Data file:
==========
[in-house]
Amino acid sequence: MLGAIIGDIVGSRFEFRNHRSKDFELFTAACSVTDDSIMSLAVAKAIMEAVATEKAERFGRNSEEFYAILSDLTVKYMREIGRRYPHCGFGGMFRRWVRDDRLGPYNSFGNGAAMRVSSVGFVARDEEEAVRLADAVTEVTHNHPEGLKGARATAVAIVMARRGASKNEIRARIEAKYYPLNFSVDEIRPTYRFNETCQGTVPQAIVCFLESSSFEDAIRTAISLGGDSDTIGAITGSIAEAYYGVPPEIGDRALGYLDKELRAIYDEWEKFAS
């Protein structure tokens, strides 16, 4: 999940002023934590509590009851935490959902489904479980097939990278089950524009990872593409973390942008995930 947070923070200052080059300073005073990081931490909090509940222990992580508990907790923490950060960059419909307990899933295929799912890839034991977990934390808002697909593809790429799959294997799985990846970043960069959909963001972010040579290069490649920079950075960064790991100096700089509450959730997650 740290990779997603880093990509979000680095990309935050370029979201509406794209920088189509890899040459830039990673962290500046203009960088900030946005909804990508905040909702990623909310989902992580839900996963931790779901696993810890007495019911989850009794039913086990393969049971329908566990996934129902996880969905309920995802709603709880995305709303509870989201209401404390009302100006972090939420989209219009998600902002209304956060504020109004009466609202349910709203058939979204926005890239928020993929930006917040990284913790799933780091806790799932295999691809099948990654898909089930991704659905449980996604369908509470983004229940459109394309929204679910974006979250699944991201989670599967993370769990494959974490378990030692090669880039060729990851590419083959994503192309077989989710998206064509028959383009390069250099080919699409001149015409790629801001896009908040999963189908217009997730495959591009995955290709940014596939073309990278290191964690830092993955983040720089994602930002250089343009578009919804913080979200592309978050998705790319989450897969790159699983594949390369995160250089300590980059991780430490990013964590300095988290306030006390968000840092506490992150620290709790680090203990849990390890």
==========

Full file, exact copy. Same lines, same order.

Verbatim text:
[in-house]
Amino acid sequence: MLGAIIGDIVGSRFEFRNHRSKDFELFTAACSVTDDSIMSLAVAKAIMEAVATEKAERFGRNSEEFYAILSDLTVKYMREIGRRYPHCGFGGMFRRWVRDDRLGPYNSFGNGAAMRVSSVGFVARDEEEAVRLADAVTEVTHNHPEGLKGARATAVAIVMARRGASKNEIRARIEAKYYPLNFSVDEIRPTYRFNETCQGTVPQAIVCFLESSSFEDAIRTAISLGGDSDTIGAITGSIAEAYYGVPPEIGDRALGYLDKELRAIYDEWEKFAS
């Protein structure tokens, strides 16, 4: 999940002023934590509590009851935490959902489904479980097939990278089950524009990872593409973390942008995930 947070923070200052080059300073005073990081931490909090509940222990992580508990907790923490950060960059419909307990899933295929799912890839034991977990934390808002697909593809790429799959294997799985990846970043960069959909963001972010040579290069490649920079950075960064790991100096700089509450959730997650 740290990779997603880093990509979000680095990309935050370029979201509406794209920088189509890899040459830039990673962290500046203009960088900030946005909804990508905040909702990623909310989902992580839900996963931790779901696993810890007495019911989850009794039913086990393969049971329908566990996934129902996880969905309920995802709603709880995305709303509870989201209401404390009302100006972090939420989209219009998600902002209304956060504020109004009466609202349910709203058939979204926005890239928020993929930006917040990284913790799933780091806790799932295999691809099948990654898909089930991704659905449980996604369908509470983004229940459109394309929204679910974006979250699944991201989670599967993370769990494959974490378990030692090669880039060729990851590419083959994503192309077989989710998206064509028959383009390069250099080919699409001149015409790629801001896009908040999963189908217009997730495959591009995955290709940014596939073309990278290191964690830092993955983040720089994602930002250089343009578009919804913080979200592309978050998705790319989450897969790159699983594949390369995160250089300590980059991780430490990013964590300095988290306030006390968000840092506490992150620290709790680090203990849990390890």